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    Looking for Quick, Everyday Writing Practice for Students? Try Parachute Writing!

    By Rebecca G. Harper
     | Oct 04, 2021
    students writing

    Organization, neatness, and structure have never come naturally to me. I will be the first to admit that I am one of the least organized people you will ever meet. My to-do list rarely gets finished; I have a desktop that is a mosaic of mismatched files and downloads; my office is cluttered with books, sticky notes, and notecards; and don’t even get me started on my closet. Perhaps my penchant for clutter, chaos, and disarray is why I have such a love for writing and teaching it.

    Writing is messy

    You see, real, honest, authentic writing is messy. Real writing is that early morning, just-out-of-bed look—not the “I’m ready for my close up,” pretend this is how I look at 5:00 a.m., Instagram post–worthy version. Nah. Real, authentic writing does not just emerge polished and ready to publish. Instead, it often requires practice and work. To quote Dolly Parton in Steel Magnolias, “It takes some effort to look like this!” and writing is no different. It is a unique process, complicated and non-linear. Recursive and dynamic. The writing process is organized chaos. Fragments falling. Sentence puzzles taken apart and put back together. Words omitted. Words added. There is no one right way to write. And this is why I love it.

    And this is why students need to write often and for a variety of purposes: They need practice. Authentic writing is rarely formulaic, neatly contained, and boxed in. It can’t be reduced to a clever acronym where students fill in the blanks and respond, and it certainly isn’t something that we can race to complete. Because real writing looks messy, it requires deliberate planning and purpose, strategic thinking and decision making, and careful consideration and awareness of audience and purpose. Plus, writing often and for a variety of purposes not only helps students become better writers but also aids in their development as readers.

    The only way that students will get better at writing is by writing. Writing engagements can be used in any content classroom, at any time, and with any audience. Regardless of a student’s reading or writing skills or level, there is some type of writing that they can do daily.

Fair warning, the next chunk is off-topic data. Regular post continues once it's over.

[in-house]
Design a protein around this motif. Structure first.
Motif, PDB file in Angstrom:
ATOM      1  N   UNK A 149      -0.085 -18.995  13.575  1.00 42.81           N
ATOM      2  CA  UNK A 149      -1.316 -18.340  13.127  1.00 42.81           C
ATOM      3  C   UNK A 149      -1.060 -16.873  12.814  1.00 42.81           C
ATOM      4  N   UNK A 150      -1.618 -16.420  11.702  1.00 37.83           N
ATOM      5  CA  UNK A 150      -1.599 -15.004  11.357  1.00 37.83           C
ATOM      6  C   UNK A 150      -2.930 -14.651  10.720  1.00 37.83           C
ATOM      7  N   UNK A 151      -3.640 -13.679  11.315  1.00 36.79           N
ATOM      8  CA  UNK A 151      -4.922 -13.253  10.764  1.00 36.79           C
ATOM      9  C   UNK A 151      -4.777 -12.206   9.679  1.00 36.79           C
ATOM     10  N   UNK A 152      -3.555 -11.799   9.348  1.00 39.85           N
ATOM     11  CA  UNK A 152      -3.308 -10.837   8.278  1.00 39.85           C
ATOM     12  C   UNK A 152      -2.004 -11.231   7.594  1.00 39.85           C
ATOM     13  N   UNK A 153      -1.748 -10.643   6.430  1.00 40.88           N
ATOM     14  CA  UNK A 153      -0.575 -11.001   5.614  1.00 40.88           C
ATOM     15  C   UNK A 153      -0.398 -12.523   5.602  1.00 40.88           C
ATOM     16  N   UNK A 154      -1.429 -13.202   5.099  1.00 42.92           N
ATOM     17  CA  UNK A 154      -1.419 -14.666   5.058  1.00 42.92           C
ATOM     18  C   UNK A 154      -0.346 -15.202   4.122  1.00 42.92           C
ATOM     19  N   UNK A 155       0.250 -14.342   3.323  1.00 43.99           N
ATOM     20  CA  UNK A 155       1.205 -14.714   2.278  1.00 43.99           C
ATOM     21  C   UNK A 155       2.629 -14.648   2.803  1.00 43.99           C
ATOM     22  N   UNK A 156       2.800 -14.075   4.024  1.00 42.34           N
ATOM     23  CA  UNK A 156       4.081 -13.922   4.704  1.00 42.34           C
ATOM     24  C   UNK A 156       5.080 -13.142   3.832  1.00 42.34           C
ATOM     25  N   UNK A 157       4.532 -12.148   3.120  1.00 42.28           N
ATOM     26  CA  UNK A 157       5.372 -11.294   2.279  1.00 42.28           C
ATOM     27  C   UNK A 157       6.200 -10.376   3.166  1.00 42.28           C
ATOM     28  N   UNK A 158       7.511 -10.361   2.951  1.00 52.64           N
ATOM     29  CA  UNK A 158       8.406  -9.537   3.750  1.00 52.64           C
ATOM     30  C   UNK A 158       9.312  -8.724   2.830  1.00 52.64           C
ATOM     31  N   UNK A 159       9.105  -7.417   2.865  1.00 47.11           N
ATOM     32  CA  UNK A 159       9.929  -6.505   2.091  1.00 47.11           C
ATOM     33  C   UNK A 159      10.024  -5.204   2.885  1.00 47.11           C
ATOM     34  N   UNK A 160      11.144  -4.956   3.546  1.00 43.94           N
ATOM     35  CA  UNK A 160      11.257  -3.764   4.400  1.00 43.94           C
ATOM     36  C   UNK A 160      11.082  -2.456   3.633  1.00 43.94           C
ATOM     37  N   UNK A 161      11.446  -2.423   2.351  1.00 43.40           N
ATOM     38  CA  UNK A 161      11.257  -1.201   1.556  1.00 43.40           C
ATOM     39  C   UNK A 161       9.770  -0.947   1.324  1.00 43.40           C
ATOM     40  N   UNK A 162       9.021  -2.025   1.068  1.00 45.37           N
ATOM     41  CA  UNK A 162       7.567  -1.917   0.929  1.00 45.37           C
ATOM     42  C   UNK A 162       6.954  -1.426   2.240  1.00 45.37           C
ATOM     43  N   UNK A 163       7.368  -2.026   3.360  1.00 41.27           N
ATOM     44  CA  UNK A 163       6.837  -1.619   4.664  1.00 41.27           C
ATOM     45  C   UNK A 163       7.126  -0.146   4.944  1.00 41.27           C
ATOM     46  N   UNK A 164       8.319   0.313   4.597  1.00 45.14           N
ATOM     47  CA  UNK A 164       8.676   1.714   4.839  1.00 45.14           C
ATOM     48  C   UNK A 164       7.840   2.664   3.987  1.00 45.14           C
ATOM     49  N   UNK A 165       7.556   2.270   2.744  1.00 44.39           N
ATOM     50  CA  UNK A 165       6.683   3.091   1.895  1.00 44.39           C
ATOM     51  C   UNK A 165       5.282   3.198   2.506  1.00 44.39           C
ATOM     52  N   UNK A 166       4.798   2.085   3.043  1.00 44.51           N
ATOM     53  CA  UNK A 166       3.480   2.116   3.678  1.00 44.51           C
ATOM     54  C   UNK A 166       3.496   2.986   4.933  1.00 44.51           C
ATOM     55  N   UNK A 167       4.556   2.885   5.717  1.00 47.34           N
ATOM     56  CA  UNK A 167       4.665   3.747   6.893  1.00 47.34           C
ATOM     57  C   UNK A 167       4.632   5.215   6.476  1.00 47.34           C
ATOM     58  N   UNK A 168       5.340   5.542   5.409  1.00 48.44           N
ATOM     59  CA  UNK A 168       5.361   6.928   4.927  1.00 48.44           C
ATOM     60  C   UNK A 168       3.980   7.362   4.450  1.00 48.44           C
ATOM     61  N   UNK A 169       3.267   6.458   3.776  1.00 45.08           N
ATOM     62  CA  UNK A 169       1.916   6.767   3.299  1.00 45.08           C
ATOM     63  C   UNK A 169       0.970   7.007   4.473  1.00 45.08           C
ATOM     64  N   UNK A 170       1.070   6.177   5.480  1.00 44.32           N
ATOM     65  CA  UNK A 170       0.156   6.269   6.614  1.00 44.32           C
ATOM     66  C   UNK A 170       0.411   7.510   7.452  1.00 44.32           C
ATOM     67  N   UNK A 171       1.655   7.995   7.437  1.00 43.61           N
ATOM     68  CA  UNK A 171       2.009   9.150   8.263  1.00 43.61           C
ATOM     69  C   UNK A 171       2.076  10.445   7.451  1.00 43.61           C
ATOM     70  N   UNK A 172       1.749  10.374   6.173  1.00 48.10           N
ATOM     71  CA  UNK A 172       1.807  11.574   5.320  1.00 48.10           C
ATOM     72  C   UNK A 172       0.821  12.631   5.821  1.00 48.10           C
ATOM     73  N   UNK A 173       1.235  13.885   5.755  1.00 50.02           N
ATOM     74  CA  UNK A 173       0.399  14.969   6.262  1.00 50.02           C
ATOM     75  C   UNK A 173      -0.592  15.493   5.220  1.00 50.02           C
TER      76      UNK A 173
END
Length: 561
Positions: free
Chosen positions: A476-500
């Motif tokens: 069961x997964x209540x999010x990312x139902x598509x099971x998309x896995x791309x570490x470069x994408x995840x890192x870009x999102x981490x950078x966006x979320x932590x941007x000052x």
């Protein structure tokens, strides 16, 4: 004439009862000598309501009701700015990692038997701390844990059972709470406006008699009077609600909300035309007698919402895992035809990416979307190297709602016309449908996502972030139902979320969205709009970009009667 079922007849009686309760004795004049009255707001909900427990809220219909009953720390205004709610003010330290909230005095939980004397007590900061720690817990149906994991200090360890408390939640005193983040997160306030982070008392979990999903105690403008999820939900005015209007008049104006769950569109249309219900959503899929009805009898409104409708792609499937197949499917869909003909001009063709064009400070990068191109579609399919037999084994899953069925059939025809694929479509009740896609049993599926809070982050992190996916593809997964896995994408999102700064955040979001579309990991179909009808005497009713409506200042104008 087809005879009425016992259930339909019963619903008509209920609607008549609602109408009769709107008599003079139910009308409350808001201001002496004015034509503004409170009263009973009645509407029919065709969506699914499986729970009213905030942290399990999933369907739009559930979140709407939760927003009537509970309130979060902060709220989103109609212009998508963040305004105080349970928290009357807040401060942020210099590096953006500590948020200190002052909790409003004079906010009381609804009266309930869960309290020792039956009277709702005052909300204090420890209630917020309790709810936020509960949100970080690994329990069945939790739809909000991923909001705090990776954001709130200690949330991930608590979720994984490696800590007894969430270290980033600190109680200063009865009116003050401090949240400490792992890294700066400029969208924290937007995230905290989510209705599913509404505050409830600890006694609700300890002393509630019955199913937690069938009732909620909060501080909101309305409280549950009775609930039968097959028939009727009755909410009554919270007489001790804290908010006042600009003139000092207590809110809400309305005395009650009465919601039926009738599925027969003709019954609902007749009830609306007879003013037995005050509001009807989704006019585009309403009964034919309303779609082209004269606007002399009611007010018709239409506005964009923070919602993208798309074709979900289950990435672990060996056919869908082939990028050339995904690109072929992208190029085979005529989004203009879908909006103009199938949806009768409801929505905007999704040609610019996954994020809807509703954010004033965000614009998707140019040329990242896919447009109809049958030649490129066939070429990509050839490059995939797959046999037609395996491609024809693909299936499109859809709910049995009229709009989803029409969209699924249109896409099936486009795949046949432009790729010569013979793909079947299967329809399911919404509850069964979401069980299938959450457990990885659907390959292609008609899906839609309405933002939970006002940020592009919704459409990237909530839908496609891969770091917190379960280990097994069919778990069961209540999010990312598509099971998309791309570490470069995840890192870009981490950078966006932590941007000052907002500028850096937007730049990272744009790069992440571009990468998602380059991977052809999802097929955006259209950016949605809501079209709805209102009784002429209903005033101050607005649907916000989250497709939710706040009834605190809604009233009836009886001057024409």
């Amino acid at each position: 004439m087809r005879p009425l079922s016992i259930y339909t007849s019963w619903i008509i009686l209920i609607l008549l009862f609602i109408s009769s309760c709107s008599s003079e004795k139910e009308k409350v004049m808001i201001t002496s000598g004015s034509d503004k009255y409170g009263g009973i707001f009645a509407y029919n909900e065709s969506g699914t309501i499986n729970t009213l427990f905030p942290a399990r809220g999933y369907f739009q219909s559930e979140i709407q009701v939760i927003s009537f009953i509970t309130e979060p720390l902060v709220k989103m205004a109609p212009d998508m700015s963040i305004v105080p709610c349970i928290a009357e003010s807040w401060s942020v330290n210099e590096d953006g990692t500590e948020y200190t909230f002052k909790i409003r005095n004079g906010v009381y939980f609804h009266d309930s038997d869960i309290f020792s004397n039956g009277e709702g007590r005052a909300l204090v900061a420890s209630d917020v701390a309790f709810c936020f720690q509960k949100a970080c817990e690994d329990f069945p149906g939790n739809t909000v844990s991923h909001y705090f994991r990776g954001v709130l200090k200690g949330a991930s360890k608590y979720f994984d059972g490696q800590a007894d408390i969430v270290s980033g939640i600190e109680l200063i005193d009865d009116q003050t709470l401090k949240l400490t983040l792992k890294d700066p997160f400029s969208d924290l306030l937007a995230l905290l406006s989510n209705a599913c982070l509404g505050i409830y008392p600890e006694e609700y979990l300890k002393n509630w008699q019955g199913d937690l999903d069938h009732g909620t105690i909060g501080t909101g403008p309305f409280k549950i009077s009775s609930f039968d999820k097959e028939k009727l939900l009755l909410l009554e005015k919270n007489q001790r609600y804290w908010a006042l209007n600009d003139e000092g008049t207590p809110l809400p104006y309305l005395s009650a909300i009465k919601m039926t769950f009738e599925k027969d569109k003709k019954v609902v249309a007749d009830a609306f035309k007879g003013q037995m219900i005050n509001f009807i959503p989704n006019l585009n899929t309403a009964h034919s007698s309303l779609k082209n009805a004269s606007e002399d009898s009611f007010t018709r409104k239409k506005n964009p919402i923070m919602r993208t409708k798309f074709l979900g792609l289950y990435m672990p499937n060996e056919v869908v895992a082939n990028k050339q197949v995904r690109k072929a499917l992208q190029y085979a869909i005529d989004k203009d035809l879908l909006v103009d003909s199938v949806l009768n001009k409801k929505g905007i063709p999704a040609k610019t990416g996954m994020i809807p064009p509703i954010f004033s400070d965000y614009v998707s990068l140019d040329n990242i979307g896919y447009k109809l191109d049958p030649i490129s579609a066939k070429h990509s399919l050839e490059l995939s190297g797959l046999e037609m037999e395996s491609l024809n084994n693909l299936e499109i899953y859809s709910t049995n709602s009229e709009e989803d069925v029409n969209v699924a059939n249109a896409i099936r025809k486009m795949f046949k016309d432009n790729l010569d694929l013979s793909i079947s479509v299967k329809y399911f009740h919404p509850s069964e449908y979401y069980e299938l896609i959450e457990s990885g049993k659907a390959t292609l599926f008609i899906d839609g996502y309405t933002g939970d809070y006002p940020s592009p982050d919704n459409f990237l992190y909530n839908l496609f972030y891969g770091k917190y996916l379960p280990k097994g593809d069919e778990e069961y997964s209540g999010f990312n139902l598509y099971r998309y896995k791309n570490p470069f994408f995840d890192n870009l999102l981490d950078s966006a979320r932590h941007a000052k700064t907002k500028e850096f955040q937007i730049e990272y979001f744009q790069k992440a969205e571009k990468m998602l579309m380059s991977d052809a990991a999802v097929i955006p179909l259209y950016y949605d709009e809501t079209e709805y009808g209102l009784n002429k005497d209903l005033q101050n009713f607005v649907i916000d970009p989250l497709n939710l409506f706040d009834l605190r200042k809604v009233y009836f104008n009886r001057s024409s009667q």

Parachute Writings

    I use the term Parachute Writings (PWs) to describe quick writing opportunities that can be easily deployed in the classroom. PWs can be dropped into just about any lesson and require limited up front preparation.

    Just like parachutes prevent skydivers from crashing into the ground, PWs offer an element of safety for students. They are quick, low stakes, and flexible, which provides students the opportunity to practice multiple writing skills for a variety of purposes and audiences in short bursts.

    PWs can be conducted with a partner or in a group setting, which offers another level of safety. Think about real skydivers: Before they attempt a solo jump, they take part in tandem jumps as part of their learning and training. Writing is no different. Building confidence in writing often is achieved through collaborative exercises and peer engagements.

    PWs can be dropped into lessons at multiple points in your teaching on a frequent, daily basis; however, you need to be mindful about when the writing should be deployed and where. Although versatile and flexible, there is a specific element of purposeful implementation when using PWs. When planning PWs and adding them into lessons, it is helpful to consider the overall objectives and goals of the lesson.

    Here are some easy PWs that you might try in your own teaching.

    • Drop Drafts are great PWs that can be used at any point in a lesson. Have students stop what they are doing and write for a minute or so (this can be in the form of a prompt or question posed by the teacher or other writing task). Remind students that this writing is only going to be seen by them so they will be more likely to write truthfully and freely. After the students finish their Drop Draft, have them crumble up their papers and “drop” them in the trash on the way out the door. Because this PW is not graded or read by peers, it can be used not only for clarification or understanding of content but also for sensitive, non-academic issues.
    • Quick writes (QWs) are some of the easiest PWs because they can take on multiple forms with the click of a pen. In a flash, QWs can transform into a whole different writing engagement based on the context and purpose of the lesson. These quick bursts of writing are often shared with peers or extended later into more developed pieces of writing. Plus, quick writes offer students the ability to read and respond to a variety of texts using any number of activator questions or thinking prompts.